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@Fumiko Take, PhanAnh123: I think this can also mean “I”, for example in:

Bạn chẳng biết gì về nó hết. Thế bạn này biết không?
I don't know anything about it. So do you?

Can you please confirm by any chance? What is this usage ― colloquial, dialectal, non-intimate, or ...?

By the way, there is a yet untranslated quotation on the entry mình (from Tố Hữu's “Việt Bắc”) that illustrates the nuances of that word quite well (IMO). I know it's a poem... but it would be fantastic if the quote could be translated or discussed. Wyang (talk) 13:23, 8 March 2018 (UTC)

I couldn't think of a context where bạn could be "I", so, nope, bạn could never mean "I".PhanAnh123 (talk) 13:30, 8 March 2018 (UTC)
@PhanAnh123, Fumiko Take: It gets more interesting... I got a bit of extra information from a friend:
This was originally used in central cities, but in the past few years it has spread because some authors use it to talk about themselves in their blogs/Facebook. It is considered as very confusing and somewhat childish. It's so ridiculously popular in Buon Ma Thuot city. Another example is: Cho bạn mượn vở (“Lend me the notebook.”) which had me confused when I first heard it.
Any clue what source and other dialects this could be? Could it be influenced by the Vietnamese variety spoken by ethnic minorities? Wyang (talk) 14:33, 8 March 2018 (UTC)
@Wyang Are you sure your friend isn't trolling you with that piece of information? Are you in Buon Ma Thuot? And I thought the joke about people in the Central Highlands commute on elephant back was ridiculous enough. Is there any specific reference to that use on social media or forums so that I can go check? ばかFumikotalk 15:16, 8 March 2018 (UTC)
@Fumiko Take: That my friend isn't trolling is something I can be quite sure about... I am not (and was not) in Buon Ma Thuot. A second, unrelated friend from Buon Ma Thuot also confirmed this usage, as well that they have not been commuting on elephant back for years now (笑). It doesn't seem strictly dialectal to me though, to be honest.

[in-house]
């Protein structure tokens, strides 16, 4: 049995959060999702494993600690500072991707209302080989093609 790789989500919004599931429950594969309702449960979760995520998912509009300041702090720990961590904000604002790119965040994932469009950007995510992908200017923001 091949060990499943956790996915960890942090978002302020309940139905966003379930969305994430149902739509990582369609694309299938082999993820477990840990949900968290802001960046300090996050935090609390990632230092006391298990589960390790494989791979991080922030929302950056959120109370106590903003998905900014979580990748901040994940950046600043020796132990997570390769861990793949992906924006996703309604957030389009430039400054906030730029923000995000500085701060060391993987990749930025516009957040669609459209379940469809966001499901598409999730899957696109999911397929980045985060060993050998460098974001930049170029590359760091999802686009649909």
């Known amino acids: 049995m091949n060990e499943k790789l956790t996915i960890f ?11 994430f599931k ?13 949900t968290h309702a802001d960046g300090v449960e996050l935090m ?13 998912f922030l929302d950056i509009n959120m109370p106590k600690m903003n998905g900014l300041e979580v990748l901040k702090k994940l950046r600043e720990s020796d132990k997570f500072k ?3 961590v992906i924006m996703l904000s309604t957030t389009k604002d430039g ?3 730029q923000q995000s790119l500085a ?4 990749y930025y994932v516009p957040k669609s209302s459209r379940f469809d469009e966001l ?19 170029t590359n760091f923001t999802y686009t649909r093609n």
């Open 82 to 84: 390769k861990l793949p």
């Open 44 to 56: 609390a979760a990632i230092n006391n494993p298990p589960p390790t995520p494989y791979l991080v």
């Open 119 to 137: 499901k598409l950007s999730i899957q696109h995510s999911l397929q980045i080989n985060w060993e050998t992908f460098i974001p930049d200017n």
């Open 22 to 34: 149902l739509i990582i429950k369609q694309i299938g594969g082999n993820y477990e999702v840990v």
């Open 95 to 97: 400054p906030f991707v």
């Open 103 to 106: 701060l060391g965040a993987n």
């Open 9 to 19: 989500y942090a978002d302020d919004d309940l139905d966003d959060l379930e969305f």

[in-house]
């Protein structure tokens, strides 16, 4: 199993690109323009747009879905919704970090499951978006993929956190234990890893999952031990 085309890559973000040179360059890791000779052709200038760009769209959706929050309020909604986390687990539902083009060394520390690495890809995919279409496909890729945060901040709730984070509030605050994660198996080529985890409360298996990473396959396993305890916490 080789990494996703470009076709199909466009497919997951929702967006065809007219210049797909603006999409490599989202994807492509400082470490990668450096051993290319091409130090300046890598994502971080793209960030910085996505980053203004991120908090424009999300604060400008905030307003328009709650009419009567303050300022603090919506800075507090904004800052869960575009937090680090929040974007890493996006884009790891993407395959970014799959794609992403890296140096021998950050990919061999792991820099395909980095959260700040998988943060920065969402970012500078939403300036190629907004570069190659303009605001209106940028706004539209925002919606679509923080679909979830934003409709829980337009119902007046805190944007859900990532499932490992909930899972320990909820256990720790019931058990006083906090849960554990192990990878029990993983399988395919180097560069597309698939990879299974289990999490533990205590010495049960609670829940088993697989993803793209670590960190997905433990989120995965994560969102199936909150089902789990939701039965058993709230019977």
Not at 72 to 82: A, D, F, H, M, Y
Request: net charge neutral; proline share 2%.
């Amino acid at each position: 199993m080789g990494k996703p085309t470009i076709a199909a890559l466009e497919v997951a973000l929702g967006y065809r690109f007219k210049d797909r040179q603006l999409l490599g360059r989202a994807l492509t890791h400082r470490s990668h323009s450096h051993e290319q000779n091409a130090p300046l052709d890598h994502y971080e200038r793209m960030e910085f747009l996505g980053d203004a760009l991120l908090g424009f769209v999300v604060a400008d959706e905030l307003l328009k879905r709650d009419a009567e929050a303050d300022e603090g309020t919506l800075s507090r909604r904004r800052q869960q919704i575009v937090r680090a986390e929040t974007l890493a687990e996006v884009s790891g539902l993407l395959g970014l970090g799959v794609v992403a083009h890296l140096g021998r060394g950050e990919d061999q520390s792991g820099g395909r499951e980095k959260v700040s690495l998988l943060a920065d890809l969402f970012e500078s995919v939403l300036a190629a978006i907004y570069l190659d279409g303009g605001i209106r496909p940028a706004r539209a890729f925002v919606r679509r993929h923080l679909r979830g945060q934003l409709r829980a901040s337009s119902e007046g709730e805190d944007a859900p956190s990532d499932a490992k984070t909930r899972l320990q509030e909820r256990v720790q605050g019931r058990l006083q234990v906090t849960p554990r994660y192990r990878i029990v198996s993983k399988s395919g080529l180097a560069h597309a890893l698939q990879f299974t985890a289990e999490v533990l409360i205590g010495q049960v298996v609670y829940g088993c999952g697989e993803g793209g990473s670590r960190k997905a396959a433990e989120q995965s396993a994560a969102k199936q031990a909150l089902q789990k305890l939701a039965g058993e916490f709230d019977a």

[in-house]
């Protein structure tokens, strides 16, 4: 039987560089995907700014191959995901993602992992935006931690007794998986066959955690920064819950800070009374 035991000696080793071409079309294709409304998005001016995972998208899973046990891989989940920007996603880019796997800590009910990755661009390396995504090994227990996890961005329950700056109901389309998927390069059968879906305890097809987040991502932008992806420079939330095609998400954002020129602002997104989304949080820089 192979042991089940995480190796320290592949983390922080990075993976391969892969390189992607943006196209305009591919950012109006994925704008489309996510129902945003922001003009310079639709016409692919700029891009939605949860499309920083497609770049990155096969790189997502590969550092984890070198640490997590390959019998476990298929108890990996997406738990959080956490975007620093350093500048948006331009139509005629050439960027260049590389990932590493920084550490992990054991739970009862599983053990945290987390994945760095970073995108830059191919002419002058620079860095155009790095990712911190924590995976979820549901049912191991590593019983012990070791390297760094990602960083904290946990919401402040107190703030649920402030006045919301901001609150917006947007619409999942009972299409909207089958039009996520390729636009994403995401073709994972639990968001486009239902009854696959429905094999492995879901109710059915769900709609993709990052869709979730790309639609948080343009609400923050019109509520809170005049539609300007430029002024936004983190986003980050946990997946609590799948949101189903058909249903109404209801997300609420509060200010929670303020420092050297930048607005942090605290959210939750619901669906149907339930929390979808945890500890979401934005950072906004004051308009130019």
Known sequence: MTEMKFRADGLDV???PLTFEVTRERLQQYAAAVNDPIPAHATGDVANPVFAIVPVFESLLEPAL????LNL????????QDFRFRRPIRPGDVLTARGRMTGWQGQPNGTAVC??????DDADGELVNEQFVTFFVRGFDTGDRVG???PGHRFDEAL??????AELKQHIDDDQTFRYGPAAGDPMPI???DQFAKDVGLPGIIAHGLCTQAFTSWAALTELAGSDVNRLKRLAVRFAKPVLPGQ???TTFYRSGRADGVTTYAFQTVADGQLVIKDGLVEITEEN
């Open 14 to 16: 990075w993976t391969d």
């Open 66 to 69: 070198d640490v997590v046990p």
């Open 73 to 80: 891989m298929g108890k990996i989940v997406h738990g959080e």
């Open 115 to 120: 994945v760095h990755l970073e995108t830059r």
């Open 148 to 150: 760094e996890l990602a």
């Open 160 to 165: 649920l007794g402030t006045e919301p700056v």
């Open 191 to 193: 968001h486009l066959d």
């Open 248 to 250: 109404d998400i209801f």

This kind of use treats bạn as relative, and in cho bạn mượn vở, the original meaning is “let your friend (me) borrow the notebook”. A similar example is: “Cho bạn ăn một miếng đi”, which, when said to a friend, means “let me have a bite of this”; but when said to your child, would mean “let your friend have a bite”. But the phenomenon seems more common and generalised in certain registers and dialects. Let me get back to you with more information on this soon. Wyang (talk) 02:16, 9 March 2018 (UTC)
@Fumiko Take, PhanAnh123: Examples of bạn used to mean “I” can be found in the article “Nhớ Bèo Mây” written by Nguyễn Ngọc Tư. It becomes obvious that all the bạn in that article are “I” after reading to the end. This usage of bạn is featured a lot in her writings. Some other writers also write in this way, for example Nguyễn Thiên Ngân, Trang Hạ, Phương Rong (in her early works; recently she writes subjectlessly) ... Wyang (talk) 13:37, 9 March 2018 (UTC)
Weird, guess I'm pretty out of touch with the common teen parlance nowadays. Judging from the quotes you've given, maybe it's just a generic "you" adopted from English that could be used as "I". I'm not entirely sure though. ばかFumikotalk 14:33, 9 March 2018 (UTC)